Sep 12, 2022

Protecting Child and Spousal Support: Managing Risk with Insurance 

If you are dependent on your ex-spouse for child or spousal support payments, it can be a good idea to cover the risk of their death or permanent loss of income by getting an insurance policy in place. Your children may be the beneficiary of their estate, and it is possible to collect child support payments by claiming against the estate. Still, there’s no guarantee the size of the estate will cover the amount you are owed in child support. Alimony payments would end on the death of your ex-spouse.

In addition, probate can be lengthy, and you’ll need to keep paying for all your usual expenses while the executor pushes the estate through the courts. 

Insurance can be an investment that pays off not just in money but also in peace of mind. There are two main types you want to consider, and we’ll get into the details of each. 


Life Insurance on Your Ex-Spouse


If you are the custodial parent, having a life insurance policy on your spouse makes sense. A term life policy is a type of insurance that is only in effect for a given period. It does not build cash value, and if the term lapses without a claim, the policy ends. Because it does not build cash value, term life is much less expensive than whole life policies that act as investments. Your child support payments will stop at some point as the child matures, so having a policy in effect for only that period makes sense.

The policy’s payout should be equal to the annual payments from your ex-spouse, plus any other obligations that they are paying for that are not child support payments (for example, education expenses or promises to cover athletic training). The amount of these payments is called an “insurable interest” by the insurance company. Essentially, the company has to determine that you have a financial interest in your ex-spouse before writing a policy covering it. 

Multiply this by the number of years you’ll need the policy to get the total payout. For example, if your youngest child is 5, and your spouse is obligated to make payments until age 23, multiply the annual amount by 18 to get the total. 

While your divorce agreement may specify that your ex-spouse must carry life insurance, it can be challenging to ensure that in practice. And since the policy will cancel if the payments are not made, you may want to pay for the policy yourself. If you do decide to become the “payor”  – the person paying the bills – always ensure you are also listed as the “owner.” Otherwise, you are just the beneficiary, and beneficiaries can be changed. If it’s not possible to be the owner, specifying that you are an “irrevocable beneficiary” means that the beneficiary cannot be changed without your consent. It doesn’t provide full ownership control, but it can be an effective solution.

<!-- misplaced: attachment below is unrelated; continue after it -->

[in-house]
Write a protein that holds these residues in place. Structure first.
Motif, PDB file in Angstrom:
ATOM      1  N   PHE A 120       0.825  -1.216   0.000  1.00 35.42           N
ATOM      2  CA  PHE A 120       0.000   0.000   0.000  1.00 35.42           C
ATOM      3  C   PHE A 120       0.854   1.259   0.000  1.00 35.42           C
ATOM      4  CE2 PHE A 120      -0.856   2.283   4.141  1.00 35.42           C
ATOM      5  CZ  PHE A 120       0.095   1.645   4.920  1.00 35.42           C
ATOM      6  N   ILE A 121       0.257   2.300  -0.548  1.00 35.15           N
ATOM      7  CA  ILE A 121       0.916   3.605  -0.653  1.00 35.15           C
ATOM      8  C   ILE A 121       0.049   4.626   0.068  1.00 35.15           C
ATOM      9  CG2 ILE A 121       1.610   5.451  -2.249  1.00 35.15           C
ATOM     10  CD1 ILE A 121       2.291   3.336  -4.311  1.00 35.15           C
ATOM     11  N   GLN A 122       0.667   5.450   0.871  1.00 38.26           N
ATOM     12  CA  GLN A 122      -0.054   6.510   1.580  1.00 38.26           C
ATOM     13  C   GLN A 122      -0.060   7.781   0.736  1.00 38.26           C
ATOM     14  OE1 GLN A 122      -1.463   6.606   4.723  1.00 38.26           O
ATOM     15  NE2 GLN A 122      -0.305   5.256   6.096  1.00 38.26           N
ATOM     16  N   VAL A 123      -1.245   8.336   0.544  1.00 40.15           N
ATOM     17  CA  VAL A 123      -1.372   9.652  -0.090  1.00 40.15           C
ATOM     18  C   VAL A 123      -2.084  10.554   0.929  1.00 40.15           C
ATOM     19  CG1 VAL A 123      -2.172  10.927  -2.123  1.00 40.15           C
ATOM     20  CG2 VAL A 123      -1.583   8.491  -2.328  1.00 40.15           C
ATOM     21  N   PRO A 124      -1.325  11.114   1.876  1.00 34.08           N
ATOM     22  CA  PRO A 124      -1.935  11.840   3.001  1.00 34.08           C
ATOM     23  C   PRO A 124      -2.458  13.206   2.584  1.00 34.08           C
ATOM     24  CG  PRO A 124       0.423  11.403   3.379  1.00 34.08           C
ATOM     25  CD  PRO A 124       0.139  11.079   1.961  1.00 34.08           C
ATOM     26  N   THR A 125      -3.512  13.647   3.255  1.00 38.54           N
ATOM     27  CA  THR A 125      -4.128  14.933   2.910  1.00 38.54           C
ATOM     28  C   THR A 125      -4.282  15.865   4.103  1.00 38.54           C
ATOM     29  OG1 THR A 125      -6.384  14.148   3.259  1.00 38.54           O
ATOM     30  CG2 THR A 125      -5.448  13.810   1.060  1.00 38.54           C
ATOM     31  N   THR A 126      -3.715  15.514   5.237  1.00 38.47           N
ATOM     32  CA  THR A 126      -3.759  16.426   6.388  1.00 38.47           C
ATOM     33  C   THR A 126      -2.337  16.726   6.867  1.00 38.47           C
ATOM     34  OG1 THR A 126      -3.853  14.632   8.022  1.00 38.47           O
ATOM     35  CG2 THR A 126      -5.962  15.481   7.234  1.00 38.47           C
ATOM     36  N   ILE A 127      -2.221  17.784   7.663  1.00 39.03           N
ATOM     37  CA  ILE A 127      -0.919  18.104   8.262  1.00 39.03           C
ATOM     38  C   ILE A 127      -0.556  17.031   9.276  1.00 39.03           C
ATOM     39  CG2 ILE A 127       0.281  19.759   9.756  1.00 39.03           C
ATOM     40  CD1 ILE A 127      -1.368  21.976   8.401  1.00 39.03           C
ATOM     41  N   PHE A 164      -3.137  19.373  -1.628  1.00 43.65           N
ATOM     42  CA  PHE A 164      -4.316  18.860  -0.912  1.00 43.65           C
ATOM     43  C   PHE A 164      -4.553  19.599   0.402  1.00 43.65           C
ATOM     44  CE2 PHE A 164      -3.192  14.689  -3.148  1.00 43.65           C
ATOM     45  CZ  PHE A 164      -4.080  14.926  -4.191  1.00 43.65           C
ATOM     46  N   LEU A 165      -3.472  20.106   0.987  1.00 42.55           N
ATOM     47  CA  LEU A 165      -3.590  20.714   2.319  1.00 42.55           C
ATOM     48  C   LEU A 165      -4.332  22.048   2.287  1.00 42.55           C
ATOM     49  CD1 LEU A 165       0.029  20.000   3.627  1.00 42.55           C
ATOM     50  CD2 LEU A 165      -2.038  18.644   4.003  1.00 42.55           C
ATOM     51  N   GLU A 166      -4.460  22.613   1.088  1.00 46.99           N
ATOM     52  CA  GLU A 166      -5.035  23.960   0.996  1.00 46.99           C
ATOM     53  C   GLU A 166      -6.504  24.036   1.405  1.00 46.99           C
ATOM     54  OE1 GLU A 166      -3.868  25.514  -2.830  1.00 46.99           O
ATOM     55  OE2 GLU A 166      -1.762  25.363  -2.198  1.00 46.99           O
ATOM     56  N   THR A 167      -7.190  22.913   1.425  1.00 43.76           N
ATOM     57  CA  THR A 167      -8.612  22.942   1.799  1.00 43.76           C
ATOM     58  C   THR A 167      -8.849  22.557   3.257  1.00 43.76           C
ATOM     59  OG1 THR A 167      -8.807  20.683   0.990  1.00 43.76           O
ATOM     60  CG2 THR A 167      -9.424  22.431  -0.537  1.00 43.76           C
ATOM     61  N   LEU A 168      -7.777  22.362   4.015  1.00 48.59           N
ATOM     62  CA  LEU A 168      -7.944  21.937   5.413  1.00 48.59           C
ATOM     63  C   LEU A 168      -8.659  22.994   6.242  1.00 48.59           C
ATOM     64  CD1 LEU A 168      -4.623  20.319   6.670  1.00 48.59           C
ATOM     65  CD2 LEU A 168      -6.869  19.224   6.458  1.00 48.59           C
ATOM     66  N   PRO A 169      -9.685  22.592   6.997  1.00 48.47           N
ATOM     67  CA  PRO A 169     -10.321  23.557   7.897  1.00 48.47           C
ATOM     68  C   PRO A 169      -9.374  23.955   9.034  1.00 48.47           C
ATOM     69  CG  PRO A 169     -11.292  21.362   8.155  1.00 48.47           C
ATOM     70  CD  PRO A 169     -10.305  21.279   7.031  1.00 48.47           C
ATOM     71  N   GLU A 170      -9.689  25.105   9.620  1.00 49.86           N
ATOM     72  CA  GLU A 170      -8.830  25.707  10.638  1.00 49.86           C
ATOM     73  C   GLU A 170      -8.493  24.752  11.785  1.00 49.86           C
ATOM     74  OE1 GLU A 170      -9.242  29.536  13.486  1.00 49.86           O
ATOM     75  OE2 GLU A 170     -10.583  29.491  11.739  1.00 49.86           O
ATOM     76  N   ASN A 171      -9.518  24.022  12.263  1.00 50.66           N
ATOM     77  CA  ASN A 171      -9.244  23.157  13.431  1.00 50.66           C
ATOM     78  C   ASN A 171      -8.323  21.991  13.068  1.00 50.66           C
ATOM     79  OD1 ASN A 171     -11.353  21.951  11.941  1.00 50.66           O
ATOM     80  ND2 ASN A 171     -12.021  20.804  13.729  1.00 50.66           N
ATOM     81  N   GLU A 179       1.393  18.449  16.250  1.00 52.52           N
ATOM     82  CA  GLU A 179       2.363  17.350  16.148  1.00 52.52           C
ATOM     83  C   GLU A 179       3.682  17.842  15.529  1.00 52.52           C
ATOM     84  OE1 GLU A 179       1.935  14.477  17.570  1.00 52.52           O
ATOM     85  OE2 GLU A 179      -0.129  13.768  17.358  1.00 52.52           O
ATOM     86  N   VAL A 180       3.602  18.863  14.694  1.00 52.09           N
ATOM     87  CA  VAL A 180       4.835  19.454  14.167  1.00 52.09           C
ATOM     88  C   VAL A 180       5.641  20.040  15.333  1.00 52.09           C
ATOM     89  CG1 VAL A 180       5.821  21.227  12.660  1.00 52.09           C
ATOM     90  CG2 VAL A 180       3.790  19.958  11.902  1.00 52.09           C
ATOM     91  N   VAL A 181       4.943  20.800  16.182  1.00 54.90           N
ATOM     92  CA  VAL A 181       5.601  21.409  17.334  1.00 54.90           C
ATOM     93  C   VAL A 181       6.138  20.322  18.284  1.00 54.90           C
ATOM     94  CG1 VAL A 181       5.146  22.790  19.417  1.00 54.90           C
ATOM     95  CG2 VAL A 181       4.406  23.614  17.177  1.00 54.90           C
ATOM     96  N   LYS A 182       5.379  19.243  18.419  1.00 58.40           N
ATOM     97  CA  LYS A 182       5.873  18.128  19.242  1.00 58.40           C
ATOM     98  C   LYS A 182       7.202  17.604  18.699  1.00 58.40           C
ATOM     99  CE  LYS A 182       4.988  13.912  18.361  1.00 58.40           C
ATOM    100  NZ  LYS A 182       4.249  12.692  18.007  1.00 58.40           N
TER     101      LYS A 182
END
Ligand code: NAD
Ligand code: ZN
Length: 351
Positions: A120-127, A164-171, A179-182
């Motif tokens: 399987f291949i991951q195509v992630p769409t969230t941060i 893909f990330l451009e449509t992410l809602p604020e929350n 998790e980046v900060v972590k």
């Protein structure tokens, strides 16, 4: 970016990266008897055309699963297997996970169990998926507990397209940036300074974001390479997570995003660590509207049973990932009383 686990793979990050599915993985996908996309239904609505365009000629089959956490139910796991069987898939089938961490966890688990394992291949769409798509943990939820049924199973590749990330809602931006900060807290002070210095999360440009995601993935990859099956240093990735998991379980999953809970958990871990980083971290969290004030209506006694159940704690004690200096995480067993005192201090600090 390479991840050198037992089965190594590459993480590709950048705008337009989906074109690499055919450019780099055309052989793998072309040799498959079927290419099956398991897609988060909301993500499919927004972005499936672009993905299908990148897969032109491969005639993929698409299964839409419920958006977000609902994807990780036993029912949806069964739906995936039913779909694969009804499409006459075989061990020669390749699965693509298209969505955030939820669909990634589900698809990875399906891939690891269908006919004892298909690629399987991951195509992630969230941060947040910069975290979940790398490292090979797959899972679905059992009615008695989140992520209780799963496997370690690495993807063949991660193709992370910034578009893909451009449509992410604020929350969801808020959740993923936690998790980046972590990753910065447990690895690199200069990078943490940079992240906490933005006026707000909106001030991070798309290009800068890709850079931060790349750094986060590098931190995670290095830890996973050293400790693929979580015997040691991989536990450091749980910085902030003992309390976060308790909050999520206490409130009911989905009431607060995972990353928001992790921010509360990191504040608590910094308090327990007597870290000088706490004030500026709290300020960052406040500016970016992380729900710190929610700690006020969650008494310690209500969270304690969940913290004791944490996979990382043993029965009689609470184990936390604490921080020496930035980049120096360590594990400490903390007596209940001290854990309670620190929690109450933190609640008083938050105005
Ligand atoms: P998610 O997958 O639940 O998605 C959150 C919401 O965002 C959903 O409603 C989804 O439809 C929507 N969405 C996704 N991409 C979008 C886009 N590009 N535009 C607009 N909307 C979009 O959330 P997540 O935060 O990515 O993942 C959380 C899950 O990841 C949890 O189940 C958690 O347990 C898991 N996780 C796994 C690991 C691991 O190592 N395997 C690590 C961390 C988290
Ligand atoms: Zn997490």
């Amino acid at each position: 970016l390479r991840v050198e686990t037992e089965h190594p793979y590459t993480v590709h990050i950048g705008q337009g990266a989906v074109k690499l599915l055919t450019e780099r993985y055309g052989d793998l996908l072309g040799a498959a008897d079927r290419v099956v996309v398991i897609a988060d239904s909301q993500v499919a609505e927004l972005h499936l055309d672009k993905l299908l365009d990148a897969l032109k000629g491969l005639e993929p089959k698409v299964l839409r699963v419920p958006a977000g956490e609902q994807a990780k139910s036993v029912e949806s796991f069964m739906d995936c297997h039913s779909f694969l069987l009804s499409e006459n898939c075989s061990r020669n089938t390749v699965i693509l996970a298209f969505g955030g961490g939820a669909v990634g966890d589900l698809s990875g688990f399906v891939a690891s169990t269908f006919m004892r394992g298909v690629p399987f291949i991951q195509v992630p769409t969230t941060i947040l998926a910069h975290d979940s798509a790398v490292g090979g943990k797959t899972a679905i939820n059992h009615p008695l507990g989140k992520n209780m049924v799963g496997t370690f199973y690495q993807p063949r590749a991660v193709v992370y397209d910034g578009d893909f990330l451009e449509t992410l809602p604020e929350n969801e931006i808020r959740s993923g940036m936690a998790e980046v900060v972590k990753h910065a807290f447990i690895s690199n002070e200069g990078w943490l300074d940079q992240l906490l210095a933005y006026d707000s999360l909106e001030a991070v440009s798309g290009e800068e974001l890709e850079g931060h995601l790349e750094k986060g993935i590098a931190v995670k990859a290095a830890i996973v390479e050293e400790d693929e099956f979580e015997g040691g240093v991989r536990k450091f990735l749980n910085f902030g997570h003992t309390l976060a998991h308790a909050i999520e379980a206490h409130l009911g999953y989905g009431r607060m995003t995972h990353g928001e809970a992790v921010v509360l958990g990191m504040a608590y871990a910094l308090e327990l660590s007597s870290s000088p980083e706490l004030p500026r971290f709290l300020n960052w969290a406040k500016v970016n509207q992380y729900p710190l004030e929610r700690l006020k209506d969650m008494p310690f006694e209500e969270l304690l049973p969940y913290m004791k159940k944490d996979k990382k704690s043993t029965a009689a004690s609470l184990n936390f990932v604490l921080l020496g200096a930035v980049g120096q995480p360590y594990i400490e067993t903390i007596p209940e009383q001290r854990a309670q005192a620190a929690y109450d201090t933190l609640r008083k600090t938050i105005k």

Your ex-spouse will need to know about the policy, and they may need to get a physical and/or provide medical history. They will also need to give consent and sign the policy. 


Disability Insurance Protects You from Potential Modifications


Everyone should have disability insurance, but when you are dependent on your ex-spouse for child support or alimony, you have a nuanced need. 

First, even if the relationship is amicable and your spouse is committed to providing for his children, disability insurance protects you from disruption. If he is a salaried employee, a short-term disability will likely be covered by his workplace with no interruption. However, if he were to have a significant injury that impaired his ability to work long-term, income would likely be reduced. This would necessarily result in the spousal support order being modified.  

Disability income insurance policies don’t only payout if someone is permanently disabled. A policy with a “true own occupation” definition of disability will pay benefits if the individual can no longer perform their chosen occupation’s material and substantial duties.

For example, physical or mental health issues that disrupt work could be covered by a disability policy. This would potentially replace part of their income and allow them to continue making the agreed-upon payments to their ex-spouse.

While the ex-spouse may have an employer-sponsored group policy ork that provides for disability, relying on this has risks. The policy may not be portable if they were to change jobs, and the process would have to begin all over again. 

Setting out a portion of the alimony payment for the disability income insurance policy can be part of the divorce agreement. The court order should state the policy cannot be discontinued or changed.


The Bottom Line

Protecting child support or alimony payments with appropriate insurance should be part of your plan. It can be relatively affordable to get the level of coverage you need, even if you need to pay for it yourself.